Ontario recognizes grandparents’ rights in custody battles

Ontario Family Law Services

“Family” doesn’t just mean children and parents. For many people, grandparents can provide an equal – and sometimes greater – positive influence and sense of stability, especially when the nuclear family is going through a crisis like a divorce or custody battle.

That is why Ontario’s Bill 34, also known as the Children’s Law Reform Amendment Act, gives more legal recognition of the rights of grandparents to visit the child, and consider them in custody cases.

Until the Bill was passed in December, an estimated 75,000 grandparents had very limited or even no access to their grandchildren. This was caused by a number of factors: complicated relationships with their children, or messy divorces that broke down the couple’s relationships not only with each other but other family members.
Unfortunately, the children are caught in this conflict and cut off from a possible source of support, safety and security.

Grandparents have turned to support groups and been vocal about their desire to be part of their grandchildren’s lives. Many of them had asked the courts to intervene. Unfortunately, until the Children’s Law Reform Amendment Act was passed, these grandparents hit a legal dead end because there was no basis for their right to access.
The amendment corrects the issue and recognizes the “elevated role” of grandparents in a child’s life.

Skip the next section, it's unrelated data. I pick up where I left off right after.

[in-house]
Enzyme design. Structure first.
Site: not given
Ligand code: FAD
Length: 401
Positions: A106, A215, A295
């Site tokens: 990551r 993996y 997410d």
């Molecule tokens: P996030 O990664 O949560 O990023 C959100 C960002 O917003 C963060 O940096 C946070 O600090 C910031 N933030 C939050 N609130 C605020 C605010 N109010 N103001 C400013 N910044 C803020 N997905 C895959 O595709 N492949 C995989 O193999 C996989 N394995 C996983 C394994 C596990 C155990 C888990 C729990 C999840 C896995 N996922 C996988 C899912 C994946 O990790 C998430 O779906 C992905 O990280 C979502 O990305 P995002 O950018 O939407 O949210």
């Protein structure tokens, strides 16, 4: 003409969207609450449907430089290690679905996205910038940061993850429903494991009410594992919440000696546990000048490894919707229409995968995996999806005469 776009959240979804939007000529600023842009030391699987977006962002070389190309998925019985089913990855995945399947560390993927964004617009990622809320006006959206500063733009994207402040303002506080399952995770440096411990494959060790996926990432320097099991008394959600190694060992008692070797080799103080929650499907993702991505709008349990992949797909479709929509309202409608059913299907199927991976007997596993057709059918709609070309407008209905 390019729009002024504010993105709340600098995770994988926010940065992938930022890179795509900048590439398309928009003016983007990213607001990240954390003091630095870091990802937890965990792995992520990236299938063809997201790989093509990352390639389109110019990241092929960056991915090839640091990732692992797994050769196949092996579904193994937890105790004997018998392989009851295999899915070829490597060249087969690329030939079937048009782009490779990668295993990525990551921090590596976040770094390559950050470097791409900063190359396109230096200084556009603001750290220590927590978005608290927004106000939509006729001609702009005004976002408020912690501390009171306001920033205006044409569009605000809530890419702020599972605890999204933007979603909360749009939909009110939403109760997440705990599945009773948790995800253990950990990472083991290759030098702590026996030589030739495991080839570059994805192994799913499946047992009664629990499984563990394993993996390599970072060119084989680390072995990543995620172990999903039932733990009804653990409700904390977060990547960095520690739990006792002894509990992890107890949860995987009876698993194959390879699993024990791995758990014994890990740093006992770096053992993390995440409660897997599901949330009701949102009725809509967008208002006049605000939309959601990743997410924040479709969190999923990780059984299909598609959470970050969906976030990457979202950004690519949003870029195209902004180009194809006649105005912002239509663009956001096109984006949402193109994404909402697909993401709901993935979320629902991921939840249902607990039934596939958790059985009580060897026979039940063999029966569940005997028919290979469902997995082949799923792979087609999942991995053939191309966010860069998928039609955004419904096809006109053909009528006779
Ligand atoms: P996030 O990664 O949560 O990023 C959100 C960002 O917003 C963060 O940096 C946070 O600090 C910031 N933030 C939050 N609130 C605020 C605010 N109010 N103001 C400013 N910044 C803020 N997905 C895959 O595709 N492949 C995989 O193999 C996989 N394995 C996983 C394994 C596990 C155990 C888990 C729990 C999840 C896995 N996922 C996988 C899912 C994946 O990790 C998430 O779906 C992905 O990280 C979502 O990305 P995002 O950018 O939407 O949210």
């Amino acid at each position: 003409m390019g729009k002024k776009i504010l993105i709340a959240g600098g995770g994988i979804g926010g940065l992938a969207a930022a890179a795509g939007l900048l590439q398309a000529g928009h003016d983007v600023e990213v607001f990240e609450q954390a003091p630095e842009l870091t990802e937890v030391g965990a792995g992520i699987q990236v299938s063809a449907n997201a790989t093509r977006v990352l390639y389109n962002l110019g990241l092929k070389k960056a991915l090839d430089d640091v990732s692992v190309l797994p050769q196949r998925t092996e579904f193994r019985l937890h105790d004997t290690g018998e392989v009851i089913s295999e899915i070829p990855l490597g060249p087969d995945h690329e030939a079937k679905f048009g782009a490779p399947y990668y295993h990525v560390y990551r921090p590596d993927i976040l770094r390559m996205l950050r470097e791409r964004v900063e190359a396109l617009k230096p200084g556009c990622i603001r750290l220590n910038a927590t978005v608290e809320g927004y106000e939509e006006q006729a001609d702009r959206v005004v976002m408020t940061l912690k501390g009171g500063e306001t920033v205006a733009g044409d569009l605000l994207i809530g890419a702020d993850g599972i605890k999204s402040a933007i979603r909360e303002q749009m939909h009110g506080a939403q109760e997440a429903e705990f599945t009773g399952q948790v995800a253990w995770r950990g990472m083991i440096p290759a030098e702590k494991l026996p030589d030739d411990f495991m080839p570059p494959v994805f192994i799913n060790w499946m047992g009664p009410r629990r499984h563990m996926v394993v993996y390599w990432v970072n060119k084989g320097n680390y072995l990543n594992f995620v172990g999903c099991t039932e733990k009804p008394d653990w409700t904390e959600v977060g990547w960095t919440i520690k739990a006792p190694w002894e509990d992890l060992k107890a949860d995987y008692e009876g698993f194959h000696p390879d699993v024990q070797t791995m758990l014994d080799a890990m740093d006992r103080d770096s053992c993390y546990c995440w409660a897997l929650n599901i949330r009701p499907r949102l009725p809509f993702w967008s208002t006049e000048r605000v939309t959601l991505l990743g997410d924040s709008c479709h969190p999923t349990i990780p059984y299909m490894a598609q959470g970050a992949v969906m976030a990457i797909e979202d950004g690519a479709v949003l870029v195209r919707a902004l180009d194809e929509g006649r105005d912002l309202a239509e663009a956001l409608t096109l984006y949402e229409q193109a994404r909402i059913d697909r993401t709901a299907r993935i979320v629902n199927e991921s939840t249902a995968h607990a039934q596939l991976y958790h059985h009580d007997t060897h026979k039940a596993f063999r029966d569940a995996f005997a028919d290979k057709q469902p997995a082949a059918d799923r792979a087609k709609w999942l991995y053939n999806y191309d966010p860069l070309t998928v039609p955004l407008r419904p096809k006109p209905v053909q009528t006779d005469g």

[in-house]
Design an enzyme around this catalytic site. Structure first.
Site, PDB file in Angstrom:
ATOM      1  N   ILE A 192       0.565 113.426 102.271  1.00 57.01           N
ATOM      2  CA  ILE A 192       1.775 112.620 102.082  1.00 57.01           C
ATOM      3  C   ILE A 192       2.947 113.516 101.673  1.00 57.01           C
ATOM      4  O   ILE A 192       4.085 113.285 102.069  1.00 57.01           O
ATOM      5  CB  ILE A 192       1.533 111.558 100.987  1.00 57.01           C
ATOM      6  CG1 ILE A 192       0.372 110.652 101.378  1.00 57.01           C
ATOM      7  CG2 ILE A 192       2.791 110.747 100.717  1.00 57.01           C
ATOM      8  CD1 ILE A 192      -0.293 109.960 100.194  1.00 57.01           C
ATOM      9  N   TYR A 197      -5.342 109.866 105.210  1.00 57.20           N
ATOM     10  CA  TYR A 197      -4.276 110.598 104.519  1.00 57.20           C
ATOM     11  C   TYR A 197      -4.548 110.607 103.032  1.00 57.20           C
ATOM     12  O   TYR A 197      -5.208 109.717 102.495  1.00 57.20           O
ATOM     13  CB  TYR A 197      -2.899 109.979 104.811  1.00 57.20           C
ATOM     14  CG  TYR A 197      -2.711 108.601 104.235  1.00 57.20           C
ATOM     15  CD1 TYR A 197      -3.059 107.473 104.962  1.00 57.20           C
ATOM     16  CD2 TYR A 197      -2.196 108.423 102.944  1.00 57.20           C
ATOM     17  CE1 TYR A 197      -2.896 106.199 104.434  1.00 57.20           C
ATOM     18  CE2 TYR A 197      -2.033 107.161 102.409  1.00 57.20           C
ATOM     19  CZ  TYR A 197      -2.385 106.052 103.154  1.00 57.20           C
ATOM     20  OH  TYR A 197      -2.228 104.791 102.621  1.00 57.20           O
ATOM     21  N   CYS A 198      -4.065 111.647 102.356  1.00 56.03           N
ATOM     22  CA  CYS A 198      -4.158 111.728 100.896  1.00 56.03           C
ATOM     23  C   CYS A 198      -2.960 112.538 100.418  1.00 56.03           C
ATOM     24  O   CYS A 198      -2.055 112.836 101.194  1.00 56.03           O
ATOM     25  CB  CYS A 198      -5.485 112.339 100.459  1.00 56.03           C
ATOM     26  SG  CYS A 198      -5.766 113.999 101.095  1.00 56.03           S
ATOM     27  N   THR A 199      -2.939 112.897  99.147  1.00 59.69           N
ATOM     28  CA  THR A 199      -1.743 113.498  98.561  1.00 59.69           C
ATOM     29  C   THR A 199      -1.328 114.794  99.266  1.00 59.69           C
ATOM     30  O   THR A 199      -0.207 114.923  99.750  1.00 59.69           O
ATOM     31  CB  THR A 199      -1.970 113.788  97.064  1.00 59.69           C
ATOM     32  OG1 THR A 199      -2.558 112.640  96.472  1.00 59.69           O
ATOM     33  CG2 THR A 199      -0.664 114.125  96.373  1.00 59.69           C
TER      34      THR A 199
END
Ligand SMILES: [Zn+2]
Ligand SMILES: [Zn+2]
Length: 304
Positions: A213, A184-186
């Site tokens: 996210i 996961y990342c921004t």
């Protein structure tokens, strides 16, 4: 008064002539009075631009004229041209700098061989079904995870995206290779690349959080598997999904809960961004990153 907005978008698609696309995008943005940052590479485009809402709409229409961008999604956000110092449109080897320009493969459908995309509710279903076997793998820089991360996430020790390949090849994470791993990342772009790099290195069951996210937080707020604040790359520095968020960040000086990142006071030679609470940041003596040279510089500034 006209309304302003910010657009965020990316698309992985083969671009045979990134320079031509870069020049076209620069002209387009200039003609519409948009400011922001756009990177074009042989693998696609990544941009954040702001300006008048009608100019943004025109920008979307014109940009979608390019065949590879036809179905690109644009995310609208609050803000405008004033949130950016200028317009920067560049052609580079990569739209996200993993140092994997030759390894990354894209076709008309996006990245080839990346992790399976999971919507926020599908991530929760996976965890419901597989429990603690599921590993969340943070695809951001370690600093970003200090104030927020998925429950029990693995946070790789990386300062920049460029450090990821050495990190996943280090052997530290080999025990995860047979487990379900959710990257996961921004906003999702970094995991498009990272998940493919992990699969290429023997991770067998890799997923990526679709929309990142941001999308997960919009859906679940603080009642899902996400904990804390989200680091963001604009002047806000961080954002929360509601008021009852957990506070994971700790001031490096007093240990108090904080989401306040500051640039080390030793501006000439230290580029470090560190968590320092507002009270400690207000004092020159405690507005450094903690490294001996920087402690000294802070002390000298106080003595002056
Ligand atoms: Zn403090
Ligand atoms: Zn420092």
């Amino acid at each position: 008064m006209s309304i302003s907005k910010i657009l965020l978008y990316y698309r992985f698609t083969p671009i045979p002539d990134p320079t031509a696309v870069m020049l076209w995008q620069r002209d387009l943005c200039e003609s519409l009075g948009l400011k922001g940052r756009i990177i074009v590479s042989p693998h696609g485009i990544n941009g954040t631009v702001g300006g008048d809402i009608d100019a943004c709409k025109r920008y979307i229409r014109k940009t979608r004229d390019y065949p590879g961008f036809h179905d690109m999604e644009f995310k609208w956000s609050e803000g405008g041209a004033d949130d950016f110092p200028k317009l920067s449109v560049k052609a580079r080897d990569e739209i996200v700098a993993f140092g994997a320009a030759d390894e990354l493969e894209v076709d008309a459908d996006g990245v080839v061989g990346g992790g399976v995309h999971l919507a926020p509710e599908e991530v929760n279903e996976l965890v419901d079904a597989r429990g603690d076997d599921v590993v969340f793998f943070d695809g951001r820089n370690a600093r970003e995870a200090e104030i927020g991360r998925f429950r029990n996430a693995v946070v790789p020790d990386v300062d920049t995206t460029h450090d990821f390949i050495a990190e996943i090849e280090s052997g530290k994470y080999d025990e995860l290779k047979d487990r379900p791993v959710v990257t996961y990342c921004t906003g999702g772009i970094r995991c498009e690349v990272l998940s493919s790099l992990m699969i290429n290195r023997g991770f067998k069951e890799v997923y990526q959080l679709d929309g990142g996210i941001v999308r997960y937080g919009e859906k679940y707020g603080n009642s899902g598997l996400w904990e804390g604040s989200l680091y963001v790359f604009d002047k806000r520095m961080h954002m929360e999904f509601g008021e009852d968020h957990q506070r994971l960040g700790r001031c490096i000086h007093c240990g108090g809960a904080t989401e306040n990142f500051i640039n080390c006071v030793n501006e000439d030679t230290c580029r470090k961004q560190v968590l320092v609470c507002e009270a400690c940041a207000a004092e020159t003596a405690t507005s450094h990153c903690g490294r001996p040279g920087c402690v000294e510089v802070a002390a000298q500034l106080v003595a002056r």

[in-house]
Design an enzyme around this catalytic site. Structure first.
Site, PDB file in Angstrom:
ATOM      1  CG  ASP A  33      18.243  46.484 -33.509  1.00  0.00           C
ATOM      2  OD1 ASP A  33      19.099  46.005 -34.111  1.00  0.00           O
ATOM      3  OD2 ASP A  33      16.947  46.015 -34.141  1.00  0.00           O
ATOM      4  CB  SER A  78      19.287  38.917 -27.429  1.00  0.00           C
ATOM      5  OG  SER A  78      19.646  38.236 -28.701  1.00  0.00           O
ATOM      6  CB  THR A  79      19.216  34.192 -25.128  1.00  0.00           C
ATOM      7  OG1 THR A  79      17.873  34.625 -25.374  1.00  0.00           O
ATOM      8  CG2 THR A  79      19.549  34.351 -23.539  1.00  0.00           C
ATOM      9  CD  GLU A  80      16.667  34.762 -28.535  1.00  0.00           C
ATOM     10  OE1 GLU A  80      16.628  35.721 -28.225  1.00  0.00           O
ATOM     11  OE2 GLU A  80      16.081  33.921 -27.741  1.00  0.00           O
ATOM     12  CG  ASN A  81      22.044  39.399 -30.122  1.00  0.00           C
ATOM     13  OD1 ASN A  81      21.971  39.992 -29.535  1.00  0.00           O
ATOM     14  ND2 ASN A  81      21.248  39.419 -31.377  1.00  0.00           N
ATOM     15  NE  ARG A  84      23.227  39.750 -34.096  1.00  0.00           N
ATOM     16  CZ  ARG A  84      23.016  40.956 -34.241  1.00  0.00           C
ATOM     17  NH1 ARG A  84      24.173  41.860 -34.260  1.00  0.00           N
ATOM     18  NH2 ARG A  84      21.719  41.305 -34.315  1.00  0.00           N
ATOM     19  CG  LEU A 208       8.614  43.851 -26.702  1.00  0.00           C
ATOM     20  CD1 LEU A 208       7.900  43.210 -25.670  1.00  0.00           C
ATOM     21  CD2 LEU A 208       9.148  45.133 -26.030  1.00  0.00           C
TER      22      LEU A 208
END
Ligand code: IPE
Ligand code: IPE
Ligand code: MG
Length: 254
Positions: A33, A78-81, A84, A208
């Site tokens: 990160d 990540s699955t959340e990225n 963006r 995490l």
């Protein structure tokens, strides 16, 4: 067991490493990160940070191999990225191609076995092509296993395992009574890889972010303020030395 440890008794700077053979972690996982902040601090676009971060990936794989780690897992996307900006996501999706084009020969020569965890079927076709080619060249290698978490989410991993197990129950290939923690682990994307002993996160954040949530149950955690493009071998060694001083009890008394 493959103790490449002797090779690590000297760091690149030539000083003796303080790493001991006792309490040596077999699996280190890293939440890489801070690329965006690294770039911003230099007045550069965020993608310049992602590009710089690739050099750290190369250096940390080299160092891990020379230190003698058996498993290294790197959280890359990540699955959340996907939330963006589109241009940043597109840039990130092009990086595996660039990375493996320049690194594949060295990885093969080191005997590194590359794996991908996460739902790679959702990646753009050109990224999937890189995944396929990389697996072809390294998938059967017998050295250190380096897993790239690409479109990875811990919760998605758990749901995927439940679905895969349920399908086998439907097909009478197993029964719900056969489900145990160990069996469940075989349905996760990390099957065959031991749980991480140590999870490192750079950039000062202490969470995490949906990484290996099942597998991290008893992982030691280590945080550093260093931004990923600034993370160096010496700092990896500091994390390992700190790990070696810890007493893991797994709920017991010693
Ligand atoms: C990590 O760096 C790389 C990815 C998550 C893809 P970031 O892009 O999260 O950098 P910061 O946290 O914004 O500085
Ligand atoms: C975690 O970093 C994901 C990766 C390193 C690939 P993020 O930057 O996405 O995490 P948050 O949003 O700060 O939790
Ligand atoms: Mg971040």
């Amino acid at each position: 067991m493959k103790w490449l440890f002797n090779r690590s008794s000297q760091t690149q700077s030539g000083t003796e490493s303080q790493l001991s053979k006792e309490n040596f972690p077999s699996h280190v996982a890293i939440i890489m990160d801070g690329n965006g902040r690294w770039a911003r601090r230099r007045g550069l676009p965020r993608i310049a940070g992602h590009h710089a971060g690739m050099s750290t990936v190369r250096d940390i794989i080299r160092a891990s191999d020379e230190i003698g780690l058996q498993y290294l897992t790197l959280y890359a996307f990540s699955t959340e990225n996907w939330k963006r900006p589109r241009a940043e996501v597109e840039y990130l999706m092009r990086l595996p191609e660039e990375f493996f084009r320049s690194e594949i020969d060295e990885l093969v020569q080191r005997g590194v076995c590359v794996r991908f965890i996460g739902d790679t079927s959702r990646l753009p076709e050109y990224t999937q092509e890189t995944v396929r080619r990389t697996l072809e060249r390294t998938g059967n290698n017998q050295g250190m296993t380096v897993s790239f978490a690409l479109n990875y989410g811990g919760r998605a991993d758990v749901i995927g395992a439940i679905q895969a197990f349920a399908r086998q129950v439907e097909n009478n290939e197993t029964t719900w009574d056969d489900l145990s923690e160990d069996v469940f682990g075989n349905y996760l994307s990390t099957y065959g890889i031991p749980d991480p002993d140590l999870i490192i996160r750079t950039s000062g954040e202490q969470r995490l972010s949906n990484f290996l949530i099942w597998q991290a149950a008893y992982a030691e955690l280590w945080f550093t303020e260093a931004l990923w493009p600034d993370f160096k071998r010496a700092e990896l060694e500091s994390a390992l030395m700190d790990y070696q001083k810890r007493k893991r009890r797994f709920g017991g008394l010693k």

The role of courts and litigation is to help people work through problems in a fair and just way. However, Family Law often deals with cases that are complicated by emotional factors. It is normal for animosity to build — muddying the issue and fracturing relationships even further.

In this situation, the one clear directive of the court is to protect the child. “The courts will consider anything that’s in the best interests of the kids,” explains Paul Mazzeo, family lawyer and principal of Mazzeo Law.

If children enjoy a strong emotional bond with the grandparents, and if access will not endanger the child, or if the parent is acting arbitrarily and there is no strong reason to say that limiting grandparent access is in the child’s best interests, then Children’s Law Reform Amendment Act provides the court a legal basis to intervene.

The amendment also provides further legal guidance on what defines the situations when the law can be applied, and what constitutes as a positive and supportive relationship.

The Children’s Law Reform Amendment was implemented in December and brings Ontario in line with other provinces.

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